Rationale - AML and MM AML, MDS and MM are diseases of the elderly Intensive induction chemotherapy is the only potentially curative treatment, however, it is not appropriate for many patients Prognosis is generally poor and few therapeutic advances have been made for this patient group in the last 20 years New treatments approaches are needed In-vivo studies have demonstrated: –CHR-2797 has profound cytoreductive properties in AML – possibly due to CD13/aminopeptidase N* –CHR-2797 induces apoptosis in MM, even in the presence of the protective effect of the bone marrow stroma** *Jenkins et al. Blood 2007; 110 (11): Abstract #1608; **Davies et al. Blood 2007; 110 (11): Abstract #2505.
Study objectives (phase I) Primary objectives Safety Tolerability Dose-limiting toxicity (DLT) and maximum tolerated dose (MTD) Secondary objectives Pharmacokinetic parameters for CHR-2797 when administered orally at increasing dose levels Preliminary assessment of anti-tumor activity of CHR-2797 in patients with AML, MDS, or MM
CHR-2797-002 : study schema PHASE IPHASE II Open-label, non-randomized, multicenter phase I-II study Time (days) 8456280 First 28 days are dose-finding/DLT phase Recommended dose level determined in phase I administered to maximum of 40 patients for 84 days CHR-2797 60 mg once daily, oral dose Cohort of 3 patients CHR-2797 90 mg once daily, oral dose Cohort of 3 patients CHR-2797 130 mg once daily, oral dose Cohort of 3 patients CHR-2797 180 mg once daily oral dose If one observed DLT, 3 additional patients added to original cohort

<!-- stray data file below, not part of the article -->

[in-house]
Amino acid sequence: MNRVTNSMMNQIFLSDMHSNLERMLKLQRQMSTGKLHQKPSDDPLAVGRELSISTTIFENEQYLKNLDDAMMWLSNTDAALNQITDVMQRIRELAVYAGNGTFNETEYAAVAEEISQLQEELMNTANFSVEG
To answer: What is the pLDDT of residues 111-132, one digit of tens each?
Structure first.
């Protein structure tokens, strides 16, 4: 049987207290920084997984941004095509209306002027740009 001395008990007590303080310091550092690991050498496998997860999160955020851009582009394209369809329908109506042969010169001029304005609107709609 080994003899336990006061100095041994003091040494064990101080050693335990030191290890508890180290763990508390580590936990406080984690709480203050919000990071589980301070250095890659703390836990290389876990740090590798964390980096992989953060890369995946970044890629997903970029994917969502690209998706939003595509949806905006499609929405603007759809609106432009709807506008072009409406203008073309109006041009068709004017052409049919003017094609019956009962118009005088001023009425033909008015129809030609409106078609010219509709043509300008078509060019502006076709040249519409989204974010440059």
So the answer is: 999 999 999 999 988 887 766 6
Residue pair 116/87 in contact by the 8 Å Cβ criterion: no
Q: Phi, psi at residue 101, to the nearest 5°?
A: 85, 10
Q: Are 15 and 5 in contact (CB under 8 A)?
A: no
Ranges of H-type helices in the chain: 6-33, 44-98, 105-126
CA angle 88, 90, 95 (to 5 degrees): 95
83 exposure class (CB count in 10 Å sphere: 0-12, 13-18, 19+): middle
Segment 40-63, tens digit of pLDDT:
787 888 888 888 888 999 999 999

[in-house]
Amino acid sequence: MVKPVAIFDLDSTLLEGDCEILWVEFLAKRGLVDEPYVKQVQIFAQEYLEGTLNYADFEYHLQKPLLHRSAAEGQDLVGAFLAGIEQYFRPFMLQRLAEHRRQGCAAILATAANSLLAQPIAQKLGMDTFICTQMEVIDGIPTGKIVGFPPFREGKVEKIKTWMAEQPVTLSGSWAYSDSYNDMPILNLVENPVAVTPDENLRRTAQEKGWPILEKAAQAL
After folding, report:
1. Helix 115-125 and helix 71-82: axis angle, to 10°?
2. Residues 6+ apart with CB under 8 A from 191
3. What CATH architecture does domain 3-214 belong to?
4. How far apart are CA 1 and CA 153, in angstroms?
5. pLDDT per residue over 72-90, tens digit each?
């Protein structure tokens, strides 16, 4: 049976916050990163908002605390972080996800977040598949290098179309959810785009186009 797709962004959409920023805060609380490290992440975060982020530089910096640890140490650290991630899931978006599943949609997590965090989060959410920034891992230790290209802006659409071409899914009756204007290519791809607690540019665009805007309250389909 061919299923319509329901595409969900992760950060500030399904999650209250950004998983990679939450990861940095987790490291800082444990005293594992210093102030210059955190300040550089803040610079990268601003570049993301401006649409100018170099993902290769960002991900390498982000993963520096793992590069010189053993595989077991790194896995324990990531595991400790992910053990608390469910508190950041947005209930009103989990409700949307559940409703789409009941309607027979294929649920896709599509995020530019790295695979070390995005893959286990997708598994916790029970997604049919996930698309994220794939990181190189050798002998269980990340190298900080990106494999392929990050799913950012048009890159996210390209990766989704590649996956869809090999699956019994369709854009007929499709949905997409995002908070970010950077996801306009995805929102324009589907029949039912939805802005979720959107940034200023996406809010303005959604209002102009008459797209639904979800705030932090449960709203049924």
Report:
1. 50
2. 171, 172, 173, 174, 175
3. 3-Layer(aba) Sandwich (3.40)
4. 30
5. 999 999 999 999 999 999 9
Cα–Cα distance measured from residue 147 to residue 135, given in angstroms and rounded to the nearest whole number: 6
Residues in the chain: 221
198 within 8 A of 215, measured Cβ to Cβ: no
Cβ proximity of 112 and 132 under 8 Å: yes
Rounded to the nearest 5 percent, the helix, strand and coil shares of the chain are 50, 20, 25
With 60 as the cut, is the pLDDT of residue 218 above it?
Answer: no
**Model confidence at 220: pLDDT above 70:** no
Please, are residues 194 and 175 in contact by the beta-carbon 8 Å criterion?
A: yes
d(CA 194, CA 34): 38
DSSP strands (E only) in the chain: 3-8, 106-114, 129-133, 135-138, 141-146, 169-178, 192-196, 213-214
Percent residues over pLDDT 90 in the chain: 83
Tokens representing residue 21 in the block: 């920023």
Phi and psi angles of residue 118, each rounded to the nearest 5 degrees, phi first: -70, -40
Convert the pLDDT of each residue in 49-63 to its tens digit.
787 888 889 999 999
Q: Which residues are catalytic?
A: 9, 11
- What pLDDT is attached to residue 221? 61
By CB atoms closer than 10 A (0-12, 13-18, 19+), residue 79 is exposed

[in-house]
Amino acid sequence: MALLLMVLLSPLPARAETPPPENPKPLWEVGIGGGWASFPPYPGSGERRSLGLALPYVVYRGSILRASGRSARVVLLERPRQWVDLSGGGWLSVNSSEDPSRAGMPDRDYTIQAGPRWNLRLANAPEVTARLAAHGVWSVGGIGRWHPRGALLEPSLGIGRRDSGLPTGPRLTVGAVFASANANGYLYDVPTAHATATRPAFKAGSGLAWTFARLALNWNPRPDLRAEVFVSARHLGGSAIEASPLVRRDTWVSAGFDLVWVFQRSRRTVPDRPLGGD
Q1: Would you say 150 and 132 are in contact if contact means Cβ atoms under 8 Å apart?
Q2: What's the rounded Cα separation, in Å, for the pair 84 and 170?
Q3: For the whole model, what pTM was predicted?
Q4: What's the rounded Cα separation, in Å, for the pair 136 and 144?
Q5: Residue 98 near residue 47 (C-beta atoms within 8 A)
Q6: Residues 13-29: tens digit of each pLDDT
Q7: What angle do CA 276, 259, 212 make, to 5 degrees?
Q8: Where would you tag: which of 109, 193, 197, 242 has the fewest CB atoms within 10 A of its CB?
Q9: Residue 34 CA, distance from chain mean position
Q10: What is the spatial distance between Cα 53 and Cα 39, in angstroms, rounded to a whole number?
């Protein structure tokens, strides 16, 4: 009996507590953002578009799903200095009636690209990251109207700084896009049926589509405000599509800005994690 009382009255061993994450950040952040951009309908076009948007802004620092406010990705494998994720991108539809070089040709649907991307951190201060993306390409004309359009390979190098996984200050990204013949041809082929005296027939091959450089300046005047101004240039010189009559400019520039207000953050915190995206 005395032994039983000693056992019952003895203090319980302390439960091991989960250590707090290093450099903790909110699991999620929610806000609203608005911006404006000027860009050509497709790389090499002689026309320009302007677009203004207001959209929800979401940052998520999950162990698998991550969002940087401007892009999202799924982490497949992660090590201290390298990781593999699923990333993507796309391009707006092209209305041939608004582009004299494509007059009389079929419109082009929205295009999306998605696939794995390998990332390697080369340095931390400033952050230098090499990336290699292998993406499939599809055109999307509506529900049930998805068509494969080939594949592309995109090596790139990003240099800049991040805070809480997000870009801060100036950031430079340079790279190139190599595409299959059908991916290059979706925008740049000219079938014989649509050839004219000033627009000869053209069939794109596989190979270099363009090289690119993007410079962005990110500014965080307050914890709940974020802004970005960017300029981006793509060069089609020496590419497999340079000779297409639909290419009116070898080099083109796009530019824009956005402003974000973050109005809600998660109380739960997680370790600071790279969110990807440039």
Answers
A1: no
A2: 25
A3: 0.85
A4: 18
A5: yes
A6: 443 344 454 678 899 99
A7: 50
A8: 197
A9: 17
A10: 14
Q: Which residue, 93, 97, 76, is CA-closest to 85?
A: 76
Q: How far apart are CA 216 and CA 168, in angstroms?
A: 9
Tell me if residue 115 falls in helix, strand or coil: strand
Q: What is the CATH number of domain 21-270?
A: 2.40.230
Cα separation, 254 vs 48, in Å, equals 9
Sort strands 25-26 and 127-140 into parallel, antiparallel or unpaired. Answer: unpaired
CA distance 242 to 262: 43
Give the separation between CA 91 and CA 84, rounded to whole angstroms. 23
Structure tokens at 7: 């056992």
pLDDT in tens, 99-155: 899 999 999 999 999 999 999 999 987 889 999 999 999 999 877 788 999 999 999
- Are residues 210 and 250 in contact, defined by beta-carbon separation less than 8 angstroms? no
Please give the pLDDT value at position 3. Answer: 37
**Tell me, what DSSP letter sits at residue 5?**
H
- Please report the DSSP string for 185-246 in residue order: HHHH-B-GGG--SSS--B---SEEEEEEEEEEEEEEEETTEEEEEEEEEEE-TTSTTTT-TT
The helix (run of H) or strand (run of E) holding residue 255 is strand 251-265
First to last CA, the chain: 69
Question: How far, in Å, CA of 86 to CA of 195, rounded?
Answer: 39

Key eligibility criteria Patients (age >18 years) with confirmed diagnosis of AML, MDS (RAEB-1 or 2), or MM who are not candidates for chemotherapy PS < 2 (ECOG scale) Estimated life expectancy greater than 3 months Serum creatinine 1.5 x ULN Total bilirubin 1.5 X ULN, AST/ALT 2.5 x ULN
Definitions: DLT & MTD DLT Drug-related, non-hematologic grade III-IV toxicity –except fatigue, nausea and vomiting, diarrhea, alopecia, myalgia or arthralgia (unless prophylactic or therapeutic measures administered) Grade IV thrombocytopenia (reduction in platelet count of >75% compared to baseline) Grade IV anemia (reduction in Hb of >75%, compared to pre- treatment) Inability to tolerate 28 days therapy due to toxicity MTD Dose at which DLT is documented for 2 or more patients in a 6 patient cohort
Patient characteristics (cont) (n=16) Time from diagnosis, years (range)3.1 (0.1-8.8) Previous treatment de novo4 previous therapy12 median no. previous cytotoxic chemotherapy 2 (range 0-8)
Patient characteristics (cont) Cytogenetics (AML patients only)(n=13) Favorable t(15;17)1 Intermediate normal karyotype8 all others2 Unfavorable complex karyotype2